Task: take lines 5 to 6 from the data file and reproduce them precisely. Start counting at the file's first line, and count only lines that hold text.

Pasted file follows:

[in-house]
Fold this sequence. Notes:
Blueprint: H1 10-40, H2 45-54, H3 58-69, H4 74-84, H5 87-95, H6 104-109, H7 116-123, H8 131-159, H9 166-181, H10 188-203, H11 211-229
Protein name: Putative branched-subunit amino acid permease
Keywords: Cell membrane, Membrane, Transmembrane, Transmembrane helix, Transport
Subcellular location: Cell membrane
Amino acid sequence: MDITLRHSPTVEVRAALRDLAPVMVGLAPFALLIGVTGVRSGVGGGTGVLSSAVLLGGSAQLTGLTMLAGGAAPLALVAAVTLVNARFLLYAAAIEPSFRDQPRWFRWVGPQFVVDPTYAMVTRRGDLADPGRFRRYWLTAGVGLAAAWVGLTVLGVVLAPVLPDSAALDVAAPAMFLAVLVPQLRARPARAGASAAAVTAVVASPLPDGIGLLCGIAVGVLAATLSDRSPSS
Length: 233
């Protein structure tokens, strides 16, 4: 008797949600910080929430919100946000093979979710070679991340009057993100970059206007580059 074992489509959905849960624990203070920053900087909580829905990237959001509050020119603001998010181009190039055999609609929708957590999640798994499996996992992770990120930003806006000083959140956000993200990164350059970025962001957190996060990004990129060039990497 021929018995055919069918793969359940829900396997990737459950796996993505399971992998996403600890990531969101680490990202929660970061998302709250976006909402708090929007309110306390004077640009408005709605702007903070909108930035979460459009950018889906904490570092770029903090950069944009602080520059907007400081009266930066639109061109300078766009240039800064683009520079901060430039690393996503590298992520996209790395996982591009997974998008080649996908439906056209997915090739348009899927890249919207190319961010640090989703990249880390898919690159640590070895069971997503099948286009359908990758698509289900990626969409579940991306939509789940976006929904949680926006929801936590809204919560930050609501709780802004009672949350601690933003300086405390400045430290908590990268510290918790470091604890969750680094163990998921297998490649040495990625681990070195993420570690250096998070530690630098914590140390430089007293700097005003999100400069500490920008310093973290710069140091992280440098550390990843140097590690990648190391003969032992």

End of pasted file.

Keywords: Cell membrane, Membrane, Transmembrane, Transmembrane helix, Transport
Subcellular location: Cell membrane